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For Rembrandt van Rijn, simple honesty of vision and sureness of line were far more important than the classical glorification of the nude. He focused on this subject only during certain phases of his career, and very few of the resulting studies, which he used to prepare biblical or mythological representations, survive today. This strong form is a late work, and one of the only four extant drawings of the female nude attributed to Rembrandt with certainty. Unlike the almost scientific realism of his earlier nudes, his late studies are less detailed and more painterly. He attained a maximum of expression with a minimum of means. Rendered with a swift treatment by brush and the blunt reed pen favored by the artist in his late years, this ample figure projects a forceful presence. Her face is generalized, and her feelings are suggested through her contemplative pose. Her simple shape and external immobility seem to increase the viewer’s sense of her inner vitality. In “Nude Woman Seated on a Stool,” Rembrandt’s penstrokes and brushwork are integrated with the utmost lightness and perfection; the pen stresses structural features, while the brush provides a transparent, atmospheric tone linking figure and space.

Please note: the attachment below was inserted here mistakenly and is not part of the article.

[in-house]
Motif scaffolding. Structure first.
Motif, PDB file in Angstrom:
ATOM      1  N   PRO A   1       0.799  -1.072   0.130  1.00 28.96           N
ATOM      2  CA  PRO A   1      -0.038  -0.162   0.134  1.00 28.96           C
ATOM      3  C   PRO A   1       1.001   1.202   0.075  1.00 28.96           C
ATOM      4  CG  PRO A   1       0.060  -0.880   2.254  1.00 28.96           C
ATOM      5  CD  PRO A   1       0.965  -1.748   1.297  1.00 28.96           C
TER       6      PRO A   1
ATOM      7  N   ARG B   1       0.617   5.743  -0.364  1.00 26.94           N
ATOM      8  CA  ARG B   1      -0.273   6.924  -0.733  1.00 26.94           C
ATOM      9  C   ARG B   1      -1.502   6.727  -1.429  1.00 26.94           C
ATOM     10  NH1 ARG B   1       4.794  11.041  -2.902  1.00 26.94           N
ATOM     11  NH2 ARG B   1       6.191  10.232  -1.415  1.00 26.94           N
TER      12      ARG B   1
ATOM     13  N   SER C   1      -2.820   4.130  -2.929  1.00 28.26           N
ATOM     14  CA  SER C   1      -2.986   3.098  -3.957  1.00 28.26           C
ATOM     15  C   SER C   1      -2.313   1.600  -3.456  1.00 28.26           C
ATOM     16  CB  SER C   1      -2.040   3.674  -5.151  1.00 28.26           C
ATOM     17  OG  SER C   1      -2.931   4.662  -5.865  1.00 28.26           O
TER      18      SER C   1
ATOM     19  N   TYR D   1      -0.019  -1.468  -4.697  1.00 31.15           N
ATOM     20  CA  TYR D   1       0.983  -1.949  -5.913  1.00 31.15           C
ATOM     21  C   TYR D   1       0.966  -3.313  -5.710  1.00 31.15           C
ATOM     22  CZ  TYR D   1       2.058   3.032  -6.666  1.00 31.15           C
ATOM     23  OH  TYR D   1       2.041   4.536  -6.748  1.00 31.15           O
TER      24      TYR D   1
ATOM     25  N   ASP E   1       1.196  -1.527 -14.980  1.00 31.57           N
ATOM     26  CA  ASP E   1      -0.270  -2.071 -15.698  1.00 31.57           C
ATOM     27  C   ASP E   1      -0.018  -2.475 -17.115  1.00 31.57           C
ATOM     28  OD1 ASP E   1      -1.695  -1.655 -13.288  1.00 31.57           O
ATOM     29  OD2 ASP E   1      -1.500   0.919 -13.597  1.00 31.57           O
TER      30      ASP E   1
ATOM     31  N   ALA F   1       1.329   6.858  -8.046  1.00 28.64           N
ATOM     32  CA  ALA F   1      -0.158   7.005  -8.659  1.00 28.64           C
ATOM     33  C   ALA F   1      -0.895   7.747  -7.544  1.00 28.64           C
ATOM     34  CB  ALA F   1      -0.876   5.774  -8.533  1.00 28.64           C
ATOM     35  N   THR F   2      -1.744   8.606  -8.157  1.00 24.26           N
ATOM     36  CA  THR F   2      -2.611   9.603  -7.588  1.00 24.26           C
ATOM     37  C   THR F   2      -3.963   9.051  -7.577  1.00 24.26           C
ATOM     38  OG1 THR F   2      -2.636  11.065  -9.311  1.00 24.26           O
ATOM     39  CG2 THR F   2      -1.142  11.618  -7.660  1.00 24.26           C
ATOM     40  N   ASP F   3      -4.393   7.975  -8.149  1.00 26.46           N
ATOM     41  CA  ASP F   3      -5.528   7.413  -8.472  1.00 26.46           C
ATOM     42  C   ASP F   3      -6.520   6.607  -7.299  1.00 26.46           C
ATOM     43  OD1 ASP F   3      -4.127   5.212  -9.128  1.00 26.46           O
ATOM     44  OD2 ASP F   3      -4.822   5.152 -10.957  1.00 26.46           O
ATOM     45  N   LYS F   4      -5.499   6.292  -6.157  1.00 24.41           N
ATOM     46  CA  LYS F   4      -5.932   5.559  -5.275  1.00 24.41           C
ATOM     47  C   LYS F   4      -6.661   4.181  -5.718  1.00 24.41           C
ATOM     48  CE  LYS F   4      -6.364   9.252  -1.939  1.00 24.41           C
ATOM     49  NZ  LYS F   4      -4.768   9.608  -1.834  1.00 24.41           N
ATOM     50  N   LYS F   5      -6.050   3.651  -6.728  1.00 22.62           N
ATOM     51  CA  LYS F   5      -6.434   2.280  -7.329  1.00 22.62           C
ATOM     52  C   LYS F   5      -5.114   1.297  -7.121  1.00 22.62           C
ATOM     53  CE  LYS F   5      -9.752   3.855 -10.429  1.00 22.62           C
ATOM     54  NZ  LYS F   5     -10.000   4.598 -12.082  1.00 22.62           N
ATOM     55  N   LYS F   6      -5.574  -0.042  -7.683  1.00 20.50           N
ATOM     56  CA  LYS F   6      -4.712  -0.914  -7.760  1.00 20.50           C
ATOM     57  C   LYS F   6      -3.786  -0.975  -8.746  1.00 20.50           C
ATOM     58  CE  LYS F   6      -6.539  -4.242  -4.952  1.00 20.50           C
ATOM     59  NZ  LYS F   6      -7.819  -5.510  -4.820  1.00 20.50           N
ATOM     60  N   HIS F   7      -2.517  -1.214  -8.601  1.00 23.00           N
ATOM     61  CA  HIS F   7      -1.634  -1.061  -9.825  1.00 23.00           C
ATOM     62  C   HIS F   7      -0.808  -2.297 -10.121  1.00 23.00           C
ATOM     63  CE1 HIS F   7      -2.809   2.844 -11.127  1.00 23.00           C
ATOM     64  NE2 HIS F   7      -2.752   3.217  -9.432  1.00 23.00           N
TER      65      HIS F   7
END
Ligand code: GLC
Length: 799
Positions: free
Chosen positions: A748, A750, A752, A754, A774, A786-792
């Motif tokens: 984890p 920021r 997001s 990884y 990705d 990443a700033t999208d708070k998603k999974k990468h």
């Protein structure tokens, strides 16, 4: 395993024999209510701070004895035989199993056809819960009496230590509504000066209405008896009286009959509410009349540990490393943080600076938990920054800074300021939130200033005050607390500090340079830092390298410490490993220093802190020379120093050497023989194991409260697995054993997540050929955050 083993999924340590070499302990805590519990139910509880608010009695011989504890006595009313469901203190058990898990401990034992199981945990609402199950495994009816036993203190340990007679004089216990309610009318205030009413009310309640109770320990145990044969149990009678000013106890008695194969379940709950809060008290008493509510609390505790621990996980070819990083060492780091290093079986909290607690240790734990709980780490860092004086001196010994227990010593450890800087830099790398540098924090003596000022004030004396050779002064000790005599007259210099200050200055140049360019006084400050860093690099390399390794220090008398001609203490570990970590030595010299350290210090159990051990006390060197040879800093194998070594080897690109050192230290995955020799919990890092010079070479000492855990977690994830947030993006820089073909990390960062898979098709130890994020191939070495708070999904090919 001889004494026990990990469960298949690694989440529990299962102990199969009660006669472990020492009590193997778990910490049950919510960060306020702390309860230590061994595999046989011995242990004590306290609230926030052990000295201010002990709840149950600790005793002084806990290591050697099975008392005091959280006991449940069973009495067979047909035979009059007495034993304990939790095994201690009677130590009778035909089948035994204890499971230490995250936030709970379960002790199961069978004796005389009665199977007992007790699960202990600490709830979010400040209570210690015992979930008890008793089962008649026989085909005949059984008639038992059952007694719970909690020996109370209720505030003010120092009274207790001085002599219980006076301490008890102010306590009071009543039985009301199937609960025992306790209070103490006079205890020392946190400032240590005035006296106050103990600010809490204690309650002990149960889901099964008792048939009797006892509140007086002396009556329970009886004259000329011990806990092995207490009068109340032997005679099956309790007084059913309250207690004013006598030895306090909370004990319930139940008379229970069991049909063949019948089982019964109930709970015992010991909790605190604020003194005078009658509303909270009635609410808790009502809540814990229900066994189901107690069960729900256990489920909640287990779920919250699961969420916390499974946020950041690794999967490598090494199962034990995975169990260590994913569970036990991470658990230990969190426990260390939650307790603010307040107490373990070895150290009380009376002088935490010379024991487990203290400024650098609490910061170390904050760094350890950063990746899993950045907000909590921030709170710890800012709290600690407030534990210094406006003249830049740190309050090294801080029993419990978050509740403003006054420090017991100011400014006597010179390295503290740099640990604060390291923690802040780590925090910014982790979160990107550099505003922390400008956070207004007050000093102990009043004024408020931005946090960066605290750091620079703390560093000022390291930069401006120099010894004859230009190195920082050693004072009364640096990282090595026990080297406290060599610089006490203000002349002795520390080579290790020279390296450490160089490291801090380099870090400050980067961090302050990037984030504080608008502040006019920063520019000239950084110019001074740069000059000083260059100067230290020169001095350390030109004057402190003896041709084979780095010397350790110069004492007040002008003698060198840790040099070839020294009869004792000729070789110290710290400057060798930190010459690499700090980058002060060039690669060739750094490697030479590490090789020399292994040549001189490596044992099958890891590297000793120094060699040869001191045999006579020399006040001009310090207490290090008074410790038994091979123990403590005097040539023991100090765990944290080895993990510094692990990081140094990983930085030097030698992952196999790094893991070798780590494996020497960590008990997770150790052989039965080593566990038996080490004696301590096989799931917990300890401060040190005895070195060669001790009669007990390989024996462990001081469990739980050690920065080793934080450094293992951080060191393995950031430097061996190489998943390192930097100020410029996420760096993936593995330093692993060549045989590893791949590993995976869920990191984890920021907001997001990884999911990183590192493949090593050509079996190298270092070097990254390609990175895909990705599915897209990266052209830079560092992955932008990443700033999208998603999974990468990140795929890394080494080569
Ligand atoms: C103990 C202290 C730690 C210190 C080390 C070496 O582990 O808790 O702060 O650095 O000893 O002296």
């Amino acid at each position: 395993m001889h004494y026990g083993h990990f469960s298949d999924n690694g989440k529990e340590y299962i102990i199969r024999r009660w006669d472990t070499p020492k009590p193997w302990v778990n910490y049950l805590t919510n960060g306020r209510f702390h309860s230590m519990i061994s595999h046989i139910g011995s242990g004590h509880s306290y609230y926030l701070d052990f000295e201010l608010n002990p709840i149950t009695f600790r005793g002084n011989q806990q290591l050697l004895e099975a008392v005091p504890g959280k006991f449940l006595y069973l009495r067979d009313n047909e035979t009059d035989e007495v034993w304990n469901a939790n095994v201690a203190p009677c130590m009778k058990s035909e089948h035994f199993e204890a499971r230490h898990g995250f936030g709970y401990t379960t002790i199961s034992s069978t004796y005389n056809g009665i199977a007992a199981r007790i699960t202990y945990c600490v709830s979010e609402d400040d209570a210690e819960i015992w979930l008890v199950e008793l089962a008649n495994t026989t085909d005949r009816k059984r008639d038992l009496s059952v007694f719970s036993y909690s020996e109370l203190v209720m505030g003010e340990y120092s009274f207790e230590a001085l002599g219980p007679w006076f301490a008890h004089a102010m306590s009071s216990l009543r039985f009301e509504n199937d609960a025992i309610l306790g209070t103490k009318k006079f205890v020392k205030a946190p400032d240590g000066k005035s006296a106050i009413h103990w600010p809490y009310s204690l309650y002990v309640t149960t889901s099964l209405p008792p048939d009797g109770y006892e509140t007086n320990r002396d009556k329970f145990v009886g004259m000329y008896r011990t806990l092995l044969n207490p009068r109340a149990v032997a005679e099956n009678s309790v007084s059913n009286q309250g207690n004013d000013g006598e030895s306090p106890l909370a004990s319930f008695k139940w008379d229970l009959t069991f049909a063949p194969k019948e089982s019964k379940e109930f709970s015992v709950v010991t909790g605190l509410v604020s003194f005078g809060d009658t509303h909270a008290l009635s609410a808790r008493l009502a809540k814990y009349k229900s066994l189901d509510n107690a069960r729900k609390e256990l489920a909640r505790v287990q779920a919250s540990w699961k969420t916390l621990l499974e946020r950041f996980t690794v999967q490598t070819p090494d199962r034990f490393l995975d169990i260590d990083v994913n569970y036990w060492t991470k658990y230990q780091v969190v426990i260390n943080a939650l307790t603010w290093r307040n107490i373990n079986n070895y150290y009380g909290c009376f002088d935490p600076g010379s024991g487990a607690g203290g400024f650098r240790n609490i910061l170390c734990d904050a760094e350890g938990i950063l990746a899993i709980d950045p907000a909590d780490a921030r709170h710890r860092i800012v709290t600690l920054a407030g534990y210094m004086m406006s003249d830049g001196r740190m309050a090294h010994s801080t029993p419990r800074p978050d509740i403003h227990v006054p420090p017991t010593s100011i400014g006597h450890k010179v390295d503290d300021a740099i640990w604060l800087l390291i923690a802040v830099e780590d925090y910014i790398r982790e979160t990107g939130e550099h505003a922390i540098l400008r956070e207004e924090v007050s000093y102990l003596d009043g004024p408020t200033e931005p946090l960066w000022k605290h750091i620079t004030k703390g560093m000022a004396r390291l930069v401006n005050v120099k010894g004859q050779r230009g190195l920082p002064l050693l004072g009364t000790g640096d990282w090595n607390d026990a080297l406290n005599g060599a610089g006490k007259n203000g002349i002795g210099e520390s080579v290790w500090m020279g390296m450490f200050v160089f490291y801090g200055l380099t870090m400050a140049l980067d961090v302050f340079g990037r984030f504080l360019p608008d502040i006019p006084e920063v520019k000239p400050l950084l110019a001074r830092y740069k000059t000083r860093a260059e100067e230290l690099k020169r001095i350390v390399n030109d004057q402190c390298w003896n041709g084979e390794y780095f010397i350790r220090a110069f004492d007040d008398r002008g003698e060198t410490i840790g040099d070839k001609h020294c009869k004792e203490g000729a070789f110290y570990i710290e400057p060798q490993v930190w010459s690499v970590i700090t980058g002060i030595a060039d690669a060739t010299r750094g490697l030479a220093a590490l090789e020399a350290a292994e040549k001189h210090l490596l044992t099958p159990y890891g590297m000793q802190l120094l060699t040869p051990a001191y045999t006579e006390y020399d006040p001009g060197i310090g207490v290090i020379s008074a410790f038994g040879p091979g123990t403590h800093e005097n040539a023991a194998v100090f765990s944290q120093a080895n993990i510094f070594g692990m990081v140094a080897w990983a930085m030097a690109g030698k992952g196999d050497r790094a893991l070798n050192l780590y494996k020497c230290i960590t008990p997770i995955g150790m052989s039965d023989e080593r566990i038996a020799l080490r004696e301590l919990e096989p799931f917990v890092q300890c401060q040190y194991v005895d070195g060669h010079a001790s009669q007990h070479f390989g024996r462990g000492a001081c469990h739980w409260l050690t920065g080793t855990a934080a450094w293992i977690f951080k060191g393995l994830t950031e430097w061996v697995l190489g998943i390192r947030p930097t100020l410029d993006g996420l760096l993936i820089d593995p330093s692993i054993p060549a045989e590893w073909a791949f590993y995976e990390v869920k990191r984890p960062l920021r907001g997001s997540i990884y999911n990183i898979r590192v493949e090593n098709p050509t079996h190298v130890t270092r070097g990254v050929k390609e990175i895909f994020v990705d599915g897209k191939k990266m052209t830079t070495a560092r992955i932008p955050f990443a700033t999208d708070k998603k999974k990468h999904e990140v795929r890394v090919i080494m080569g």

Details

  • Title: Nude Woman Seated on a Stool
  • Creator: Rembrandt Harmensz. van Rijn (Dutch, 1606–1669)
  • Date Created: 1654/56
  • Physical Dimensions: 212 × 174 mm
  • Type: Drawing and Watercolor
  • External Link: The Art Institute of Chicago
  • Media: Pen and brown ink and brush and brown wash on ivory laid paper, laid down on cream laid card
  • Credit Line: The Art Institute of Chicago, Clarence Buckingham Collection, 1953.38
  • Artist: Rembrandt Harmensz. van Rijn (Dutch, 1606–1669)

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